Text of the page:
• Effectively contribute to assigned team discussions on client treatment and progress.
  • Work collaboratively with medical professionals, pharmacies, and insurance companies to obtain needed client medications.
  • Observe client behavior to determine whether intervention is needed, or to identify negative reactions to medications.
  • Respond to crisis intervention situations and client emergencies in a calm and effective manner.
  • Understand, interpret, and apply all pertinent laws, codes, regulations, policies and procedures, and standards relevant to work performed.
  • Prepare clear and concise client progress reports and other written material.
  • Document and maintain complex client records and files, including client medical histories.
  • Independently organize work, set priorities, meet critical deadlines, and follow-up on assignments.
  • Effectively use computer systems, software applications, and modern business equipment to perform a variety of work tasks.
  • Communicate clearly and concisely, both orally and in writing, using appropriate English grammar and syntax.
  • Use tact, initiative, prudence, and independent judgment within general policy, procedural, and legal guidelines.
  • Effectively use computer systems, software applications relevant to work performed and modern business equipment to perform a variety of work tasks.
  • Communicate clearly and concisely, both orally and in writing, using appropriate English grammar and syntax.
  • Establish, maintain, and foster positive and effective working relationships with those contacted in the course of work.

Education and Experience:

Any combination of training and experience that would provide the required knowledge, skills, and abilities is qualifying. A typical way to obtain the required qualifications would be:

 Equivalent to a an Associate’s degree from an accredited educational institution with major coursework in nursing, psychology, or a related field and

Psychiatric Technician I: One (1) year of experience performing medication management duties.

Psychiatric Technician II: Two (2) years of medication program support for behavioral health clients at a level equivalent to the County’s class of Psychiatric Technician.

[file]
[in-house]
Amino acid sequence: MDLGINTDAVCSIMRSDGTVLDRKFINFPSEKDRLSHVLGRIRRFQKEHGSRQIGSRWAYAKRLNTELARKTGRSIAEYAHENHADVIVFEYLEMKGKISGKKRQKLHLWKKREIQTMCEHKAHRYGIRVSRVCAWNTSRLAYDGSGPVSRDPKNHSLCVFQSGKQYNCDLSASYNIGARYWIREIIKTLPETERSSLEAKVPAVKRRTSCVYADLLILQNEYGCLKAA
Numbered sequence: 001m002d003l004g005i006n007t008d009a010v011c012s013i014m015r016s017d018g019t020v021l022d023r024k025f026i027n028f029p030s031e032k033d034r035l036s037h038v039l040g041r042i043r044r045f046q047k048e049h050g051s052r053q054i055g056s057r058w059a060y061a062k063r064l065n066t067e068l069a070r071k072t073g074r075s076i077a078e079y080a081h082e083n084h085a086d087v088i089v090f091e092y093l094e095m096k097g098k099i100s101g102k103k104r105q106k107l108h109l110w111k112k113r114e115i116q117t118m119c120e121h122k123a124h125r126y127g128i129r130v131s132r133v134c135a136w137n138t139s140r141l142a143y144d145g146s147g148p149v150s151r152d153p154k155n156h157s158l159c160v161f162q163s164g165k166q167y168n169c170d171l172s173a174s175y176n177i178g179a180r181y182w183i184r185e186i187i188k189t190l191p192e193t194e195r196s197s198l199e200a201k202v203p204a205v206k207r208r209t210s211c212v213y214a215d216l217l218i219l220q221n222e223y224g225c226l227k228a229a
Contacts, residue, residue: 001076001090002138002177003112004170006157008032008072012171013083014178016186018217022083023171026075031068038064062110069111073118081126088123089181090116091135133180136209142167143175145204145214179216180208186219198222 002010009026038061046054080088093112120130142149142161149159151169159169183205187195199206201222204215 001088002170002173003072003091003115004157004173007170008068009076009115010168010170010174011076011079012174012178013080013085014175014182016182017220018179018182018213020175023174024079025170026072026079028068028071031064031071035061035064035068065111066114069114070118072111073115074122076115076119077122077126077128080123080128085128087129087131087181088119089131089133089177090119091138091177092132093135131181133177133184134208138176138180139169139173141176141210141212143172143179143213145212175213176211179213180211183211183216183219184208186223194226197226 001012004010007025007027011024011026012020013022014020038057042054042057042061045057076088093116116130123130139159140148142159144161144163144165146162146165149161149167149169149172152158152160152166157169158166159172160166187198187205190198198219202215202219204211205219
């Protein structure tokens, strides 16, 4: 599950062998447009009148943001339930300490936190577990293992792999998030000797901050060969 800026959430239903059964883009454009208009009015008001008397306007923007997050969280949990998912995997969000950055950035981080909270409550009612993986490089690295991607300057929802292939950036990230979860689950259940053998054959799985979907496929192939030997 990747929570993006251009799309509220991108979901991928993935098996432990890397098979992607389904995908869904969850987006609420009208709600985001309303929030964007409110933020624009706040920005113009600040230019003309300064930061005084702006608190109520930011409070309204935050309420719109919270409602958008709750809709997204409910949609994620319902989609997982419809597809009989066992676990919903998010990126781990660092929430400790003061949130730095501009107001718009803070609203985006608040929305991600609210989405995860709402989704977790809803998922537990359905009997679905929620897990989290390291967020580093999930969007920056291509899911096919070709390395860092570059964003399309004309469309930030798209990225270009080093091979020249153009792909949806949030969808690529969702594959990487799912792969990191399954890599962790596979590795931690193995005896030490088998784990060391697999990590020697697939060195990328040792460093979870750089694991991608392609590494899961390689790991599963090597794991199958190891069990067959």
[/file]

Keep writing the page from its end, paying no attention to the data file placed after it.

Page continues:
Psychiatric Technician III: Two (2) years of medication program support for behavioral health clients at a level equivalent to the County’s class of Psychiatric Technician II.

Certifications and Licenses:

  • Must possess a valid US driver’s license upon date of application. Must obtain California driver’s license following hire date per California DMV regulations.
  • Possession of license as a Psychiatric Technician or Licensed Vocational Nurse in the State of California.

 

Environmental Factors and Conditions/Physical Requirements

 

PHYSICAL DEMANDS

  • Mobility to work in out-patient, clinics, jails or juvenile facilities and standard office settings; use standard office equipment, including a computer, and to operate a motor vehicle to visit various County and meeting sites; standing in and walking between work areas is frequently required; frequently bend, stoop, kneel, and reach to perform assigned duties, as well as push and pull drawers open and closed to retrieve and file information; ability to lift, carry, push, and pull materials and objects up to 25 pounds.
  • Vision to observe client behavior read printed materials and a computer screen.
  • Hearing and speech to communicate in person and over the telephone.
  • Finger dexterity is needed to access, enter, and retrieve data using a computer keyboard or calculator and to operate standard office equipment.

 WORKING CONDITIONS

  • Employees work in an office, out-patient, clinic, jail, juvenile facility or locked psychiatric facility environment with moderate noise levels, controlled temperature conditions, and no direct exposure to hazardous physical substances.
  • Employees may work outdoors and are occasionally exposed to loud noise levels and cold and/or hot temperatures.
  • Employees interact with clients with behavioral disorders/erratic and assaultive behavior, including those which require emergency crisis intervention.
  • Incumbents may be exposed to blood and body fluids in performing their assigned duties.
  • Employees may interact with upset staff and/or public and private representatives in interpreting and enforcing departmental policies and procedures.

 EQUIPMENT AND TOOLS UTILIZED

  • Equipment utilized includes a motor vehicle, medical equipment utilized in the course of work (ex. stethoscope, blood pressure monitoring equipment, injection supplies), personal protective clothing, personal computer, fax machine, and standard office equipment.

 Disaster Service Worker

All Butte County employees are designated Disaster Service Workers through state and local law (California Government Code Section 3100-3109). Employment with the County requires the affirmation of a loyalty oath to this effect. Employees are required to complete all Disaster Service Worker related training as assigned, and to return to work as ordered in the event of an emergency.

Minimum Education and Experience

Minimum Months of Experience: 12
Education Required: Associate's
Driver's License Required: Yes
Hiring Requirements for This Job:
  • Background Checks
  • Minimum Hourly Wage: 20.77
    Maximum Hourly Wage: 33.96